The vision of the program is to increase the representation of minorities in healthcare. We want to motivate youth in our surrounding community to come back and work with us to provide care for the community, and for our hospital workforce to reflect the population we serve.

The Lang Youth Medical Program enables young people to be able to understand healthcare, understand the body systems, and understand community and global health work. We also provide students with a lot of support in the process of applying to college.

During the program, we provide opportunities within the hospital to intern or have other experiences that help students to understand healthcare delivery in all its different aspects. This provides a broad perspective of all the different disciplines within the health careers.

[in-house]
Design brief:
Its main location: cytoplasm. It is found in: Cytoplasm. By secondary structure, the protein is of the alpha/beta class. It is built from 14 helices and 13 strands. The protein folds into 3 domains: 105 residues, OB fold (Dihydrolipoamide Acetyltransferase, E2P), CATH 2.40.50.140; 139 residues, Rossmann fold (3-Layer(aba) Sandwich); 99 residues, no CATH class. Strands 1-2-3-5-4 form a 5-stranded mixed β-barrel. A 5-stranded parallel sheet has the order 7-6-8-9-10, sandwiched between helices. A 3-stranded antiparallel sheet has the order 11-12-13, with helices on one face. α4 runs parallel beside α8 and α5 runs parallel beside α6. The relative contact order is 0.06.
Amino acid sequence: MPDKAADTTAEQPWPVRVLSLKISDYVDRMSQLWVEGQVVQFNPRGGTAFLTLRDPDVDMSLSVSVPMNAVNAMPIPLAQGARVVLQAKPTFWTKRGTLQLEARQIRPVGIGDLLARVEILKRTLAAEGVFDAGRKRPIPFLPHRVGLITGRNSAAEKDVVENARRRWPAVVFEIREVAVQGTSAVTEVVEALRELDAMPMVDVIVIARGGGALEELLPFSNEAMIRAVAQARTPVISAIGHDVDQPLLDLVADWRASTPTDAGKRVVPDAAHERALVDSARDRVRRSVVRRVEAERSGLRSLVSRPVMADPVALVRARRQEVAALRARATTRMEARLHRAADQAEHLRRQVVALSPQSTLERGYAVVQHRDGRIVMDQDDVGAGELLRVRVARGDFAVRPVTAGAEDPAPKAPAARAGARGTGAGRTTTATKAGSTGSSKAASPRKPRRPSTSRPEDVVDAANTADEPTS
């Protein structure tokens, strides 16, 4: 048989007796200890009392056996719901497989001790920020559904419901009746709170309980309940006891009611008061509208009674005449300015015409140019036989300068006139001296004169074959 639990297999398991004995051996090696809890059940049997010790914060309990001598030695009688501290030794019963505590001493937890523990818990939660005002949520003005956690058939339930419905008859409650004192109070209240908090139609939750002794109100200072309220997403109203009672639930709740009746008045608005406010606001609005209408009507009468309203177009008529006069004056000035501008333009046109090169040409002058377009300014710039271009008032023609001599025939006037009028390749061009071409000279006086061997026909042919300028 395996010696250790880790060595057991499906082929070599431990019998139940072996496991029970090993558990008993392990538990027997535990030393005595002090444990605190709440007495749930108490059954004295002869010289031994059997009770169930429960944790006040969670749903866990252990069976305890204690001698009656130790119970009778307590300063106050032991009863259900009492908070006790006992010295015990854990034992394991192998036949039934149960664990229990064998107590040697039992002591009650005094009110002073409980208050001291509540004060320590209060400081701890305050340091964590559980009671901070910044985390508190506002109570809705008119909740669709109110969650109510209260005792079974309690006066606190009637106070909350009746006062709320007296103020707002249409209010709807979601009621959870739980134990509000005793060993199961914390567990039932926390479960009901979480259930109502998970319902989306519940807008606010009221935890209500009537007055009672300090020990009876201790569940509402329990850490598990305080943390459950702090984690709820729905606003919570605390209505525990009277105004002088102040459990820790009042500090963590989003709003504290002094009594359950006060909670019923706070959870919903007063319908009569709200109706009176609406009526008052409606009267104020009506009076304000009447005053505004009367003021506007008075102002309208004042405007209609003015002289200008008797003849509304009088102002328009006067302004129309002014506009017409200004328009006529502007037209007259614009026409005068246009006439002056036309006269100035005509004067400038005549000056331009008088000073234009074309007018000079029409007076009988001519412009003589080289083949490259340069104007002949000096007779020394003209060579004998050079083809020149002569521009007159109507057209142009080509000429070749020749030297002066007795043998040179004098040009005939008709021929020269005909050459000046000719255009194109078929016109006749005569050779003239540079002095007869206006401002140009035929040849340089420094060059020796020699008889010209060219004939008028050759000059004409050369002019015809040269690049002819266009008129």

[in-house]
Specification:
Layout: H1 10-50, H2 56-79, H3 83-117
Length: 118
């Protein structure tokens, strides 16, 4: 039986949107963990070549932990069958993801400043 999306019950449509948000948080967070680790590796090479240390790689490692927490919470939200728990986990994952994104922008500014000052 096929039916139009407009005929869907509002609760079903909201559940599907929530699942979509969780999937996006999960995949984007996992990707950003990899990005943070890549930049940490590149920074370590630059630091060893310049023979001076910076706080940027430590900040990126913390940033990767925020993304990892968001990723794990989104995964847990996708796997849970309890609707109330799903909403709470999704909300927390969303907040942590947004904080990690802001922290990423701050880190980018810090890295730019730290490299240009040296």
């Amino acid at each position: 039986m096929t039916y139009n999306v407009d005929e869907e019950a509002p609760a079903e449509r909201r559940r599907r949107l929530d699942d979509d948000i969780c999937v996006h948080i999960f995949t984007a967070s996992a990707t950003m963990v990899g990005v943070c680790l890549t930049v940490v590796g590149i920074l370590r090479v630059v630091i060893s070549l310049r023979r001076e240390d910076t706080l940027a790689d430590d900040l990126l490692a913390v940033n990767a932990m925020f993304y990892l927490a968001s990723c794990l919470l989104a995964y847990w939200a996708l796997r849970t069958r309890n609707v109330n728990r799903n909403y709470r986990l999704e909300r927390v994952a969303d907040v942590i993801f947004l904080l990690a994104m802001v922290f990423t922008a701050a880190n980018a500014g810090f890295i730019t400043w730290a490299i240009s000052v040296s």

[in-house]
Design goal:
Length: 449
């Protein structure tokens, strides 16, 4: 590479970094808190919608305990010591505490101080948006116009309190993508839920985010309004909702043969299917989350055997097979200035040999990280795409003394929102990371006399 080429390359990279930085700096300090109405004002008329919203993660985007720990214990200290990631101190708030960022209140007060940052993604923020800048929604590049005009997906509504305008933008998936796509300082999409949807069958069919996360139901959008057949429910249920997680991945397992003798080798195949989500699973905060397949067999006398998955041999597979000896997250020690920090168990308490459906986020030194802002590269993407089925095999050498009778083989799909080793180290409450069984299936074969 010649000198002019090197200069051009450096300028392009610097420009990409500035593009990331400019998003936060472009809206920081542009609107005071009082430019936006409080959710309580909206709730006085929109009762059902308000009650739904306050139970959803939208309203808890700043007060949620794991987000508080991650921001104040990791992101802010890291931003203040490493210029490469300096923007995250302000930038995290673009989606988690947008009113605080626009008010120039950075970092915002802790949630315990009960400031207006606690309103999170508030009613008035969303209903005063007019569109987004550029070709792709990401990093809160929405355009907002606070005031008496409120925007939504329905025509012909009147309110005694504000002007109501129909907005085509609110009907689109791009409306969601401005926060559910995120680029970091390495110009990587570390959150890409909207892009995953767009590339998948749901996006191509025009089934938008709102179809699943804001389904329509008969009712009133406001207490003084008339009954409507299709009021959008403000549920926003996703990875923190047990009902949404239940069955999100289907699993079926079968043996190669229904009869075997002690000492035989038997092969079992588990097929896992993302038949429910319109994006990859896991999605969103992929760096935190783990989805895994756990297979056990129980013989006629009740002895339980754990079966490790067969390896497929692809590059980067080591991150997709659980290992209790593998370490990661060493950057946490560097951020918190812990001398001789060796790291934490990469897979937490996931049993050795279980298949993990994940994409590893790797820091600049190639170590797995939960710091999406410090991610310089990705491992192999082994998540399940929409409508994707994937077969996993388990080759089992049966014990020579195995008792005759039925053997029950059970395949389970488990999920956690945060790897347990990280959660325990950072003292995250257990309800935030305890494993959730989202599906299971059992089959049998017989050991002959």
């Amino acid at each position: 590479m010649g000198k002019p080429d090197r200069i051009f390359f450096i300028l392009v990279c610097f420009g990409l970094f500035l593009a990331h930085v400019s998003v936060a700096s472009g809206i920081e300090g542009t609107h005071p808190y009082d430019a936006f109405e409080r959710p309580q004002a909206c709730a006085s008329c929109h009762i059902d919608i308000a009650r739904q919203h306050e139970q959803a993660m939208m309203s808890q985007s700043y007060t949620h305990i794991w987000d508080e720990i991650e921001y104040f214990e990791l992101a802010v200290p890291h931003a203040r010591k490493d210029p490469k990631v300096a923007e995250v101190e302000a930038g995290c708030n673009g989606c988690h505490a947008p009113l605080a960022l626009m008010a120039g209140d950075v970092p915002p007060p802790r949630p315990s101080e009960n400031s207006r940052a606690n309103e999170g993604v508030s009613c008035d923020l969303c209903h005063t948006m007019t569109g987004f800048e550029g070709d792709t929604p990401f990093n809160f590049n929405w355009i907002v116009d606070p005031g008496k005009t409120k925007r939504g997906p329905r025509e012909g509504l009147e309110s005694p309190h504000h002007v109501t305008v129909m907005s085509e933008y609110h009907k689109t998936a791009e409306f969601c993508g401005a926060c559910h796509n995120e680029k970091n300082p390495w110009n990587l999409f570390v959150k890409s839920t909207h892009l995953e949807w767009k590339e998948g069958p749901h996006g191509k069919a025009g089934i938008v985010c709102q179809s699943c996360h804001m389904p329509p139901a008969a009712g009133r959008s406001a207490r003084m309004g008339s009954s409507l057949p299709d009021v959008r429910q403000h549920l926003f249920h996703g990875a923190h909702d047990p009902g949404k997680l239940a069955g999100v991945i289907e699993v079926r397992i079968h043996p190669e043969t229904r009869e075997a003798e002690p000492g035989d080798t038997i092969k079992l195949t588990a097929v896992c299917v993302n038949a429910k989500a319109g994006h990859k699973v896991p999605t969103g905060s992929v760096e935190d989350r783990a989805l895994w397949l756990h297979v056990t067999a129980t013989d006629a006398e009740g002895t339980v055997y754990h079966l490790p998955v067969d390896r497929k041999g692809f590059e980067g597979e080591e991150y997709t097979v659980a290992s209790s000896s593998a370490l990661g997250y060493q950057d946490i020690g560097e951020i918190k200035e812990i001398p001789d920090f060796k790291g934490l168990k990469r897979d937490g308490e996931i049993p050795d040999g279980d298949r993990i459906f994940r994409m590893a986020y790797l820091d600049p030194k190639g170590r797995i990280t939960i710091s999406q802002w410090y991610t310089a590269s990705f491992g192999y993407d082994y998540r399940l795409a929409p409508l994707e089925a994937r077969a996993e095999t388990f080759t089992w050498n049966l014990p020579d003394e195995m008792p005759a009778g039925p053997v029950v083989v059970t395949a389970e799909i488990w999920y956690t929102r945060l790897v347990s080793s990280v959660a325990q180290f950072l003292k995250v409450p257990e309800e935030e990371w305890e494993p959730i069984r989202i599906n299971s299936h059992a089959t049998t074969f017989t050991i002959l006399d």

We target underserved populations and usually take only 14 to 16 youth from the community, specifically from District Six. They stay with us throughout the six years. We find that it is imperative to have them throughout that time to really see an impact and it has worked very well.

We also work closely with the families and provide them with a number of different workshops and resources. I’m very proud of this program because it’s unique in that it is housed in the hospital. The hospital is immersed in the education of the community which helps lift up its residents.